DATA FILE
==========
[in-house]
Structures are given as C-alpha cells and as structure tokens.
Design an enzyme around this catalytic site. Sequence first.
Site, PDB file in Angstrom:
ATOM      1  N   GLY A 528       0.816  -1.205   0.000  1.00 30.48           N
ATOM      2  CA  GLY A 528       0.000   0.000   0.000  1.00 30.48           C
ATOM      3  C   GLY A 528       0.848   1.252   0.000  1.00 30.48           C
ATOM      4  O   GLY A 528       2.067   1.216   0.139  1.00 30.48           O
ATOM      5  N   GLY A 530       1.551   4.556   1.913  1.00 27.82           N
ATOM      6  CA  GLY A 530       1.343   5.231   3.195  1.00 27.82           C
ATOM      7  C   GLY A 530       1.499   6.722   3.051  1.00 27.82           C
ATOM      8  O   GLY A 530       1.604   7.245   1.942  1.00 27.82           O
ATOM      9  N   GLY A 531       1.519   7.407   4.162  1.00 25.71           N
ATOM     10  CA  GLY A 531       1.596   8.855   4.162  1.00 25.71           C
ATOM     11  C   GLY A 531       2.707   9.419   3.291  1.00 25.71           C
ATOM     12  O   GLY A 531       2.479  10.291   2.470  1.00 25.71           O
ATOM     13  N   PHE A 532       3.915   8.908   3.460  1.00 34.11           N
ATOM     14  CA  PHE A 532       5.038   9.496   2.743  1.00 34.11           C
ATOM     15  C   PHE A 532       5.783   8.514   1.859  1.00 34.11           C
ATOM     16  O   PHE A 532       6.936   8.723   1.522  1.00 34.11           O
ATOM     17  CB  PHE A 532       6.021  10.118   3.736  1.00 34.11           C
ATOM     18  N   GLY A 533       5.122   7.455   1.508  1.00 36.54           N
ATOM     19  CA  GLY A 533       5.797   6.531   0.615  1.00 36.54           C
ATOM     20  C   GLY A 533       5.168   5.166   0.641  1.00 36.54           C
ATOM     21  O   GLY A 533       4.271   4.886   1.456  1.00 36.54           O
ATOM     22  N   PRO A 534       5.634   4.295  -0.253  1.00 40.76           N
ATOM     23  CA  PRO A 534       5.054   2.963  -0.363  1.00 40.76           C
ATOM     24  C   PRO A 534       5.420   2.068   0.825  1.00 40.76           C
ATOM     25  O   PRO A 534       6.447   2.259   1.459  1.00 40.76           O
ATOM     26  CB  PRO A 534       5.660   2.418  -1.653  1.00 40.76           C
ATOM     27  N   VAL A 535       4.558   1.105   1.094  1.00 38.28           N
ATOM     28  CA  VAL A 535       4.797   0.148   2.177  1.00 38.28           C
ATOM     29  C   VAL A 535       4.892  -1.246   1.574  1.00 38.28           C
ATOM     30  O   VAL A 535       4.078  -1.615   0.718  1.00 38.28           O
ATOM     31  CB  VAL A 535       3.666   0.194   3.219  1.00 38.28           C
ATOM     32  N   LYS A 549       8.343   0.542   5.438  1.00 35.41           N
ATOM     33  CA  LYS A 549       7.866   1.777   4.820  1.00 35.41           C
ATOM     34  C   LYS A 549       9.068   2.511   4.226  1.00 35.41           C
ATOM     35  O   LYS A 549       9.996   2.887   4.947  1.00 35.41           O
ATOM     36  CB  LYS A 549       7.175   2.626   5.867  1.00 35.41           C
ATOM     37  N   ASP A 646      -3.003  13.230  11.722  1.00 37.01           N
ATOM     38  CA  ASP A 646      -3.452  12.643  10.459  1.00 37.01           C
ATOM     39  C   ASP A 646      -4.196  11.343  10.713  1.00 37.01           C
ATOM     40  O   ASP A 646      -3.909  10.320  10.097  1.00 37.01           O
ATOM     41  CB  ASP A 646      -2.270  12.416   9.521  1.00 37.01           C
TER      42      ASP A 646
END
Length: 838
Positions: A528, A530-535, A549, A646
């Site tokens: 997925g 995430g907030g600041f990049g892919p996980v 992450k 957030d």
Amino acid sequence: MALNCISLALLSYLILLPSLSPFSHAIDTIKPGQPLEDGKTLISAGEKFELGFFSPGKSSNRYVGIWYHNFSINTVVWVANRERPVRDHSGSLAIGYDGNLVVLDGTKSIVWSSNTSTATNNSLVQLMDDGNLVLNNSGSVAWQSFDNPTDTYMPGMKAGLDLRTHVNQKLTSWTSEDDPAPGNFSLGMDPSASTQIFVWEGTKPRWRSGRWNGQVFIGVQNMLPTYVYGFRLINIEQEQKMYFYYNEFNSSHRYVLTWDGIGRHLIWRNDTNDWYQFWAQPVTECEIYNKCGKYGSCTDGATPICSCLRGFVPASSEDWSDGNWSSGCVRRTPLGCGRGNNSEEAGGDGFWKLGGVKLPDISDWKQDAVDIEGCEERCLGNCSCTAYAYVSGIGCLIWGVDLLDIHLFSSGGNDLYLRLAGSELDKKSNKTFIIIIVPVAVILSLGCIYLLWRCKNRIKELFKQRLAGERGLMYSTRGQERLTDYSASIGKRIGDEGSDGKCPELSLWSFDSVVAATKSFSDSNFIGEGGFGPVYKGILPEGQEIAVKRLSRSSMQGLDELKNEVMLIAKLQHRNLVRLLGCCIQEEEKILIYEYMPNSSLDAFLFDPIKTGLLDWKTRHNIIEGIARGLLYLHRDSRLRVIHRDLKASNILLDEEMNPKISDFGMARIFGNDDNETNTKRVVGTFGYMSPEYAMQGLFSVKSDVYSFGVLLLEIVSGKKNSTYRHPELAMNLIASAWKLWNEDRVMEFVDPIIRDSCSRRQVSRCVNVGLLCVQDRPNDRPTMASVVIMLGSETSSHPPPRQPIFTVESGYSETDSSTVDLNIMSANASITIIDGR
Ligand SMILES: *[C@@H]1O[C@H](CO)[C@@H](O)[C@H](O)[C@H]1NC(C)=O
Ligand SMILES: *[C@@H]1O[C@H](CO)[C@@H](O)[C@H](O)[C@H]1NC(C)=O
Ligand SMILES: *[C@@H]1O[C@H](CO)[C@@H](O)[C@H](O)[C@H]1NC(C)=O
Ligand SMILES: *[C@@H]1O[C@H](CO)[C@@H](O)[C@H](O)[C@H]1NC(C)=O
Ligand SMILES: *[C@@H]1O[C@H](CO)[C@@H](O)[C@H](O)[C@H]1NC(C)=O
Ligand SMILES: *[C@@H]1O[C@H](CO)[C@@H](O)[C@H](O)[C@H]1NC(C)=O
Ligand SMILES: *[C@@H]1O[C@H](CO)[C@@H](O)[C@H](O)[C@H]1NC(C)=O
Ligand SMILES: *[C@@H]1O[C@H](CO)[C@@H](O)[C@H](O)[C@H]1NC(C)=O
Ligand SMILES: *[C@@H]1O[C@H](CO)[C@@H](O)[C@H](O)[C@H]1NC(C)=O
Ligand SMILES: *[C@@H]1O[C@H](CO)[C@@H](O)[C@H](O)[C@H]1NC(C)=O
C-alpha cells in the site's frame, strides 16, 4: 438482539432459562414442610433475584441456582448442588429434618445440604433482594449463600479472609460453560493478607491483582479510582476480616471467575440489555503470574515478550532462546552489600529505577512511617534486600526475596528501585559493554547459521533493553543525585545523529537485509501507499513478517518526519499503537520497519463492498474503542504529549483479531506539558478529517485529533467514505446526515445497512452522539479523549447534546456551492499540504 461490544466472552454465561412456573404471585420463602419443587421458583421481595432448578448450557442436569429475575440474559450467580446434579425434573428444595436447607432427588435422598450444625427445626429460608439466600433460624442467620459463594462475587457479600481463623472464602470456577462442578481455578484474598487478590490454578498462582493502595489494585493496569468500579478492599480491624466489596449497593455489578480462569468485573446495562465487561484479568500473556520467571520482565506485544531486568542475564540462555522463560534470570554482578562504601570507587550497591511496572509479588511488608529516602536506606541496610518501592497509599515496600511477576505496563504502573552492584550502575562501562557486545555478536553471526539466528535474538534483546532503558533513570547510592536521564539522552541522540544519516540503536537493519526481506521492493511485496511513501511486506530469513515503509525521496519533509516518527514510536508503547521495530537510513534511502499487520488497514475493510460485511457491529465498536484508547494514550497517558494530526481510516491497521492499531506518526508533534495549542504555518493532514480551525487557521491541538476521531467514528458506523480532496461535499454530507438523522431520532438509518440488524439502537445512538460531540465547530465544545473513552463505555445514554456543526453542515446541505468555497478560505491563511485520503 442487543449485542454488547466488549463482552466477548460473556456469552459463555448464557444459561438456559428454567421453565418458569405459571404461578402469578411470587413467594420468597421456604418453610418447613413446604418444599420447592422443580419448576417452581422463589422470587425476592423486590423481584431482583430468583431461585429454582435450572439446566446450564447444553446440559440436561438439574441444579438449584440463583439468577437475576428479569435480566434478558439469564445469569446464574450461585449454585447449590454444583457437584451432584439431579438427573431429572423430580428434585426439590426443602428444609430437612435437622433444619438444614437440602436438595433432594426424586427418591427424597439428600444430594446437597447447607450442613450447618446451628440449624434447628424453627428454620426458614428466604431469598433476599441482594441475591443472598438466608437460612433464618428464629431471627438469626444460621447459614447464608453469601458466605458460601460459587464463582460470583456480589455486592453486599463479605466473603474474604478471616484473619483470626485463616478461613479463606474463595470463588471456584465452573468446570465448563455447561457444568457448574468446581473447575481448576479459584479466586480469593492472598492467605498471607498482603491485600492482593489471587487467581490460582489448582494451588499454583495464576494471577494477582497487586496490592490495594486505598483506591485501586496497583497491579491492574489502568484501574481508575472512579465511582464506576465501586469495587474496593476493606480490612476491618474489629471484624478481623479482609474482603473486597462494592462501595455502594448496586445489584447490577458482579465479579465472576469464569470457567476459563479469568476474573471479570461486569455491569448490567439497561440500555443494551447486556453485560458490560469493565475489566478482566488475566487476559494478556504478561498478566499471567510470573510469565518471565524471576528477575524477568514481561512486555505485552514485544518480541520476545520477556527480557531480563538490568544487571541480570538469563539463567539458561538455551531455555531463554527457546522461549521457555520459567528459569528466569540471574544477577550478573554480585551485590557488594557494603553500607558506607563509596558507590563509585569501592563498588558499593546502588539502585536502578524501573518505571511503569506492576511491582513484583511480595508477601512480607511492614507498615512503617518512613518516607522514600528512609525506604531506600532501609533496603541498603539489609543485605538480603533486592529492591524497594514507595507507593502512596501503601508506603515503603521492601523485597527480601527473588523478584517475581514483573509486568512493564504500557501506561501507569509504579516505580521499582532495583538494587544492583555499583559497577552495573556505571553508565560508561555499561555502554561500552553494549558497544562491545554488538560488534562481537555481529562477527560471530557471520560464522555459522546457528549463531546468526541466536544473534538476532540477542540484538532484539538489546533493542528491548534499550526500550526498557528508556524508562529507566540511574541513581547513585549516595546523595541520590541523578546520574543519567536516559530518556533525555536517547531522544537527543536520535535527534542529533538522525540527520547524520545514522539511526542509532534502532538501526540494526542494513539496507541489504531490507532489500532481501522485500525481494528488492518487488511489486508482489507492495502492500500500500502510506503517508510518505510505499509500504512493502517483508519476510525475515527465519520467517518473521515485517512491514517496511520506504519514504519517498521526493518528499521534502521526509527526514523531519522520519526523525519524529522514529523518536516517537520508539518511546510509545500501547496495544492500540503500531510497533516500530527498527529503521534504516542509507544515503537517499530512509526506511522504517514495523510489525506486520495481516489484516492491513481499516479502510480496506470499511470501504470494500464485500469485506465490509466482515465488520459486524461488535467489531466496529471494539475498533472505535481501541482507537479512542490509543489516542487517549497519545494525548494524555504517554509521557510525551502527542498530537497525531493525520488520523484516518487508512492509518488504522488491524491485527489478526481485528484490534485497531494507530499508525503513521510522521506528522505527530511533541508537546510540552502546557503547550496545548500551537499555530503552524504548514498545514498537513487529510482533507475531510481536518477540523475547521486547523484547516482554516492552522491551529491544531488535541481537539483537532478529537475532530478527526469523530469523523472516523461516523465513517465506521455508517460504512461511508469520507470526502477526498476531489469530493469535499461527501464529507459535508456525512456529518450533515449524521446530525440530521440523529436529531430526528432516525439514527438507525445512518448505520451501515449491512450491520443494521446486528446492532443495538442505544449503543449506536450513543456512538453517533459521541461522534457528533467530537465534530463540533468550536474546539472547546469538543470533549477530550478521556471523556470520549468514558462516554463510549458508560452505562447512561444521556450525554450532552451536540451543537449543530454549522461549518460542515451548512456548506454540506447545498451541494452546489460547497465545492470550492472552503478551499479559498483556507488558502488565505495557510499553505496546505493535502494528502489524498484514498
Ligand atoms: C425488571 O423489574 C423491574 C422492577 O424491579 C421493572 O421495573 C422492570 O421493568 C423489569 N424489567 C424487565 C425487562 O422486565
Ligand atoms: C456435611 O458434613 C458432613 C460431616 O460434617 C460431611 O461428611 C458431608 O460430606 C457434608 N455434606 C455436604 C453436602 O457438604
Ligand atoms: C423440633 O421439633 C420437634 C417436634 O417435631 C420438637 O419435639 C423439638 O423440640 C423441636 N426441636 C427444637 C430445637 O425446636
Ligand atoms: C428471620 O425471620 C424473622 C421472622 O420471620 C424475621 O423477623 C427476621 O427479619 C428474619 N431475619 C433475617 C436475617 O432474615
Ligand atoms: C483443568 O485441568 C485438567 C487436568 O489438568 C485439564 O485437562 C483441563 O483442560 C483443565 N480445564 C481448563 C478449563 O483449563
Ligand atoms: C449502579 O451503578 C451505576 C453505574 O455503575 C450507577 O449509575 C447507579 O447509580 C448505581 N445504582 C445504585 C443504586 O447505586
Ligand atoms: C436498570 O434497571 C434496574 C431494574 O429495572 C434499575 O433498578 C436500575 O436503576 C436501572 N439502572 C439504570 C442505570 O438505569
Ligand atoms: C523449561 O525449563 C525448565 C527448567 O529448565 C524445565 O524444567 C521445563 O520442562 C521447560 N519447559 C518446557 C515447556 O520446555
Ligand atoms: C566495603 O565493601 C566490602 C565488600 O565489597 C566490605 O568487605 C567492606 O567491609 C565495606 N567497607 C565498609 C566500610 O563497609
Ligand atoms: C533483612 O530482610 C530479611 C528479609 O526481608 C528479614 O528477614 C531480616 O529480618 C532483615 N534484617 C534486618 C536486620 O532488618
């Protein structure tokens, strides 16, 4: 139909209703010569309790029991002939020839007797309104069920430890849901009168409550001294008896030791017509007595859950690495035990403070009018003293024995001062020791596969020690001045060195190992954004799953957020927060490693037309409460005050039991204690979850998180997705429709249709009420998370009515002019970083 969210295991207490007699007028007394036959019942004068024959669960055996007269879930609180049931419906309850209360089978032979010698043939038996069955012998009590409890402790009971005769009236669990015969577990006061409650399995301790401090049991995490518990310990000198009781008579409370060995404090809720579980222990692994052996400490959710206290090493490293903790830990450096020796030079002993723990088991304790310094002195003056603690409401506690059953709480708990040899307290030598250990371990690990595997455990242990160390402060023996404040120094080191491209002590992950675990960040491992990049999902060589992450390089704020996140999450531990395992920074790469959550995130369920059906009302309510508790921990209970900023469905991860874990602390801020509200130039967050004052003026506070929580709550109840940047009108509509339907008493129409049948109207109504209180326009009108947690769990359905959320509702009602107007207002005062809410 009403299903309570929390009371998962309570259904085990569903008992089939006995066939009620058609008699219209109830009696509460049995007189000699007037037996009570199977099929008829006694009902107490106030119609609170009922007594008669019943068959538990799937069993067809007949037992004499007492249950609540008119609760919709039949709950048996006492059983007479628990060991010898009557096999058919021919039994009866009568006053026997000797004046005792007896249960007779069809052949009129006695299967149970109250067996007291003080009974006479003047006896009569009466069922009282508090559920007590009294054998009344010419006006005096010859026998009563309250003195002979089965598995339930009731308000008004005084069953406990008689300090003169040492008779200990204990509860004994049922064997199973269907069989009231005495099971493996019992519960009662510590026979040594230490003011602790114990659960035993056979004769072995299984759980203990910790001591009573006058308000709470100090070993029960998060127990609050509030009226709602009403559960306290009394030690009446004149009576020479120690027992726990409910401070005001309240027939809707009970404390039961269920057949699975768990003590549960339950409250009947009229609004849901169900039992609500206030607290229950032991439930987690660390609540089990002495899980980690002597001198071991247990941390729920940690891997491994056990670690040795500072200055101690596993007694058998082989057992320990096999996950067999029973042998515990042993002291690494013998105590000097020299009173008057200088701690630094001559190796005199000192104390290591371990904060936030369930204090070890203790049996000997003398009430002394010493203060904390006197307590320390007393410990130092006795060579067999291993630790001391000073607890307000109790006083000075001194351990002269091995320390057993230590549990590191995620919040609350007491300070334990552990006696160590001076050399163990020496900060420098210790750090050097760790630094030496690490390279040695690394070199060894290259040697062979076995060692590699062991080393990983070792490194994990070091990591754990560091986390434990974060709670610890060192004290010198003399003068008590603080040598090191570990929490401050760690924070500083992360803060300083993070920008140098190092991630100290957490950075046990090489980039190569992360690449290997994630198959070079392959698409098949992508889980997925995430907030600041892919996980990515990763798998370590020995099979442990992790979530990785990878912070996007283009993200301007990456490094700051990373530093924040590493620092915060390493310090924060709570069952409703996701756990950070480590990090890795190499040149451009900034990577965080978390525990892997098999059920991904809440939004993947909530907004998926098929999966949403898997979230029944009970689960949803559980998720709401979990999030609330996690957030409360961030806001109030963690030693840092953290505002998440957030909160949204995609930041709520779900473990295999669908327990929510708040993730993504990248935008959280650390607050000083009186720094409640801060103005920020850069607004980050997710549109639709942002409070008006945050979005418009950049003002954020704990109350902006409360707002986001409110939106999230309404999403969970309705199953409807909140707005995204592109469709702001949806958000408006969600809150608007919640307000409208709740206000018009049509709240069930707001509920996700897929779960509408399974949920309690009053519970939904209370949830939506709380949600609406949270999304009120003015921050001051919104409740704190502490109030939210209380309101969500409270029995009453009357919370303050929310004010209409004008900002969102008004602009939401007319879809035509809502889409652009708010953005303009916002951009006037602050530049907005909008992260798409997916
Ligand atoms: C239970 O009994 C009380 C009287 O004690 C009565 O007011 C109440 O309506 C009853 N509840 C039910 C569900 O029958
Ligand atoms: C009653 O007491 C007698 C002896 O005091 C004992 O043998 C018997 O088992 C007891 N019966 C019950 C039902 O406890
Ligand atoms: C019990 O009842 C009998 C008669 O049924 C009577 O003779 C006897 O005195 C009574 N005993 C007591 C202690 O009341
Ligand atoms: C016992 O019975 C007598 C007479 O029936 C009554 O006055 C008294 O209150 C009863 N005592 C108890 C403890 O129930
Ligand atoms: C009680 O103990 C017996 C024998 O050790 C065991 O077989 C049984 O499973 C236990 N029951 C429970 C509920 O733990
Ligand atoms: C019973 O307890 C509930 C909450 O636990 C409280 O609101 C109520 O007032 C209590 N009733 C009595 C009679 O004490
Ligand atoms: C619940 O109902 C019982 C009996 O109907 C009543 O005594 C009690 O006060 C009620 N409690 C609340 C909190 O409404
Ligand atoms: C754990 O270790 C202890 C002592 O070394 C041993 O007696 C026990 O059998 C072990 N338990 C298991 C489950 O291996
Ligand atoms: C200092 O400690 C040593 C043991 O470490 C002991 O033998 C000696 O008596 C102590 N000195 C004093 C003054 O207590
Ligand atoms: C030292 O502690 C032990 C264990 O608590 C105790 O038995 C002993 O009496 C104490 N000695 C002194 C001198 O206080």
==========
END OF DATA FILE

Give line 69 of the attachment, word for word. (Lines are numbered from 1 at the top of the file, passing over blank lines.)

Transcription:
Ligand atoms: C436498570 O434497571 C434496574 C431494574 O429495572 C434499575 O433498578 C436500575 O436503576 C436501572 N439502572 C439504570 C442505570 O438505569